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Congress Must Act to Mitigate Impact of Shutdown on Families

We are more than two weeks into the federal government “shutdown.” The negative consequences of the shutdown for children and families across the country are very real.

Essentially, when the new fiscal year began on October 1, there was no money for most programs that have to be funded annually by Congress. This partial shutdown occurred because Congress wasn’t able to agree upon and pass the annual appropriations bills that fund federal agencies and programs by the end of the fiscal year (September 30, 2013). Congress is still working to pass a Continuing Resolution bill that would provide funding for fiscal year 2014 and reopen the government. However, significant differences between Democrats and Republicans in Congress have delayed a solution.

While we wait for Congress to act, children and families across America continue to suffer. Earlier this year, programs that support families were hit by across-the-board budget cuts, known as sequestration. These cuts already put great strain on household budgets and led to tens of thousands of families losing access to child care assistance and Head Start programs.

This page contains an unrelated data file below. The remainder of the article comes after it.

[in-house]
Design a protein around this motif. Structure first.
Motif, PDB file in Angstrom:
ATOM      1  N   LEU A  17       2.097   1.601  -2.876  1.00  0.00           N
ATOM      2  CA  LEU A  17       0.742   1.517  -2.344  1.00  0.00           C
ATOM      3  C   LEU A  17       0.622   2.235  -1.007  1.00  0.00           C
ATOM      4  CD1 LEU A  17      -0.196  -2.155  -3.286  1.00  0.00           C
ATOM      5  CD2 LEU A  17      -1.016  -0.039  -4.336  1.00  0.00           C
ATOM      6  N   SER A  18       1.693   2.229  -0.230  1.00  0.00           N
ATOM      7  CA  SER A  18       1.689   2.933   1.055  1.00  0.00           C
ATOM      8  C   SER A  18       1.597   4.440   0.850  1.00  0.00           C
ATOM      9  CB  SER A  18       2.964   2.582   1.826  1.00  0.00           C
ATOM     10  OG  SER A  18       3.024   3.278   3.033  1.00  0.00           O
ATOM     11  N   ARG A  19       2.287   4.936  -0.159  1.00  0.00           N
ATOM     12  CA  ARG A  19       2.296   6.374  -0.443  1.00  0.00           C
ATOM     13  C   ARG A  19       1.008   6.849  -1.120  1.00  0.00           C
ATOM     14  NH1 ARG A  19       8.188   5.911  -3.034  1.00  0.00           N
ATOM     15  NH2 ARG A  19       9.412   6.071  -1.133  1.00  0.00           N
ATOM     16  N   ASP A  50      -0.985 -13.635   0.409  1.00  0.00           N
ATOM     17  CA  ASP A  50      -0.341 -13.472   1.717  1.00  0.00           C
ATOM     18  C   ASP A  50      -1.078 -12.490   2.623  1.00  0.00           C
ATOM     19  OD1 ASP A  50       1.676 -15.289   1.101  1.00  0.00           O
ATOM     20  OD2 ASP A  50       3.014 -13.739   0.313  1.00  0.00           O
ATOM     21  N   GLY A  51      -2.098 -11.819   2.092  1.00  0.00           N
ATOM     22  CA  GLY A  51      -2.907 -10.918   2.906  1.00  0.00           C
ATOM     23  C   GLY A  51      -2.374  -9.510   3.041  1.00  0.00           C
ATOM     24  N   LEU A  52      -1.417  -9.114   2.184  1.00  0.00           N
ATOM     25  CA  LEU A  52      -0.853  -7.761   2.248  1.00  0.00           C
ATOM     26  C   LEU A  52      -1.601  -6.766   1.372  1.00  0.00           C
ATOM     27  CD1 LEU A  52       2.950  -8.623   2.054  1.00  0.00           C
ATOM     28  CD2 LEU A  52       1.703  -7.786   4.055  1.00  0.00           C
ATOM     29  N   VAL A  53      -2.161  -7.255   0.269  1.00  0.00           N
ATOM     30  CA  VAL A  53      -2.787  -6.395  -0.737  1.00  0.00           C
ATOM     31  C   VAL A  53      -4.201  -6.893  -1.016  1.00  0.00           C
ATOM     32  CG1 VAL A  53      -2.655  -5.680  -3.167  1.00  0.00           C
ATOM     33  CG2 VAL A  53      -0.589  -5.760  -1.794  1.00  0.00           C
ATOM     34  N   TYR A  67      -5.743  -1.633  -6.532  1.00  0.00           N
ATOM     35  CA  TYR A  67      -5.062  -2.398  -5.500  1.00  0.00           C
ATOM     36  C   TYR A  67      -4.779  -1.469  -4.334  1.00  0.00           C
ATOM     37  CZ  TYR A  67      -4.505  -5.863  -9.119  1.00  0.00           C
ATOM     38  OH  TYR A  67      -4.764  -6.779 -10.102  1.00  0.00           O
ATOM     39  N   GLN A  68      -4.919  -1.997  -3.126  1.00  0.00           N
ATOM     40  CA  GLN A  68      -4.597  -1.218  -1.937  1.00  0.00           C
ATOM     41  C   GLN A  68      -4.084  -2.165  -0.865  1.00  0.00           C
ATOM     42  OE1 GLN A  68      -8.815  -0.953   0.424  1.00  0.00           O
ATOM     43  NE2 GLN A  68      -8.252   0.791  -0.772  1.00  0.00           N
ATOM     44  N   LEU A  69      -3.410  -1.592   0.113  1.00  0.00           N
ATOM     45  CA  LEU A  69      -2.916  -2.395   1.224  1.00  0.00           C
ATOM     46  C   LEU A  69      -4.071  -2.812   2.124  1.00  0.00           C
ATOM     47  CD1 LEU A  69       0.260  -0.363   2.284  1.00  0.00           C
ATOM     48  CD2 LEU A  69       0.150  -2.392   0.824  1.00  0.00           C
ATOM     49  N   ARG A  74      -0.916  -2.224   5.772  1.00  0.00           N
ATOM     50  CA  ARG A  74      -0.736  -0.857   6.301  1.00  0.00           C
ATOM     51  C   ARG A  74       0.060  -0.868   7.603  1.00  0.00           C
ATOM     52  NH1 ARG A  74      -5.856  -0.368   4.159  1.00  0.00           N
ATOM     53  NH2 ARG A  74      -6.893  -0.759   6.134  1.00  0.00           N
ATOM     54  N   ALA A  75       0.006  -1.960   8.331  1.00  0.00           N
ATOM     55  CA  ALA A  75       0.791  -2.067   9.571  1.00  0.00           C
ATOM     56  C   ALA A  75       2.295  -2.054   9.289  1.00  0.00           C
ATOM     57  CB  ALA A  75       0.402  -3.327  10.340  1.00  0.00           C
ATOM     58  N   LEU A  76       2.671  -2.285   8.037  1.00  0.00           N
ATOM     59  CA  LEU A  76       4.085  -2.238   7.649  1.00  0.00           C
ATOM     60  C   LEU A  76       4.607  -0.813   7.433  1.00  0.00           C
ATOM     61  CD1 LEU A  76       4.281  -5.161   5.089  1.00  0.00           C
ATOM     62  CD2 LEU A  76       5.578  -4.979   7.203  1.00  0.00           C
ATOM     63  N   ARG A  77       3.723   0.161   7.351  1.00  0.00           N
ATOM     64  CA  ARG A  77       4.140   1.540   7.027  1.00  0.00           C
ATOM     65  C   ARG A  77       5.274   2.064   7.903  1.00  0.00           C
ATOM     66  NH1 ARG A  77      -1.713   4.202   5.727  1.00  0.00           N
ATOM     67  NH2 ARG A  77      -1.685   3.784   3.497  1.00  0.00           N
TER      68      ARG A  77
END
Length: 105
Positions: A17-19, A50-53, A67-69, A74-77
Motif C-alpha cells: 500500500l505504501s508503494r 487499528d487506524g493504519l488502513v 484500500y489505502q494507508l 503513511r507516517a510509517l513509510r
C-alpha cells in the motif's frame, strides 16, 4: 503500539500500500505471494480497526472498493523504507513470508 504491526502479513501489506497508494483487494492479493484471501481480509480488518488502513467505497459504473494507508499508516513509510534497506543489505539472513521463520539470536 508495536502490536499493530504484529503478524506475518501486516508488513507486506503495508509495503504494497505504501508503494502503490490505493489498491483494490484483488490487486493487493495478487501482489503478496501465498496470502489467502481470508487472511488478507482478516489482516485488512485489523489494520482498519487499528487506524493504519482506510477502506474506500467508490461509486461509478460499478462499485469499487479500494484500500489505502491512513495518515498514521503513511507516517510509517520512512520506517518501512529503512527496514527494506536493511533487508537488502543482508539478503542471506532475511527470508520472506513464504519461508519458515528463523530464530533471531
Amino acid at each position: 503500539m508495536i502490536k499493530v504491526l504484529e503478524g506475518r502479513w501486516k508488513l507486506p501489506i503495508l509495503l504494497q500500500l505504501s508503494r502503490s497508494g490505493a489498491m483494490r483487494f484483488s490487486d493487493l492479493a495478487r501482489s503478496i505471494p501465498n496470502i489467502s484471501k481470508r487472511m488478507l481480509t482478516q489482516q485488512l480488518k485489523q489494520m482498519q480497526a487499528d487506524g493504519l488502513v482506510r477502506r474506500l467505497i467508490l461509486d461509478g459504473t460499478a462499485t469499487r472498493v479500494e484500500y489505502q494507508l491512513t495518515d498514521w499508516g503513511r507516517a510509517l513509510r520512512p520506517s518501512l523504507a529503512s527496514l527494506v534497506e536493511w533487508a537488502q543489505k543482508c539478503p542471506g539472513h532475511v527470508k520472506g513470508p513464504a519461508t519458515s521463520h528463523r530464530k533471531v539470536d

What does the shutdown mean for families receiving child care assistance through the Child Care and Development Block Grant (CCDBG)? It depends how long the shutdown continues.

In the short term, experts believe states have enough funding to continue their child care programs without interruption and child care programs can continue operating as usual. However, the longer the shutdown continues, the more pressure there will be on states’ reserves.

The clock is ticking. Congress must act. America’s families need Congress to re-open the government, pass funding bills for programs, like CCDBG assistance, that help parents work, children learn, and small businesses grow. Congress should know we are watching and expect them to act responsibly and not balance the budget on the backs of children and families.

Child Care Aware of America

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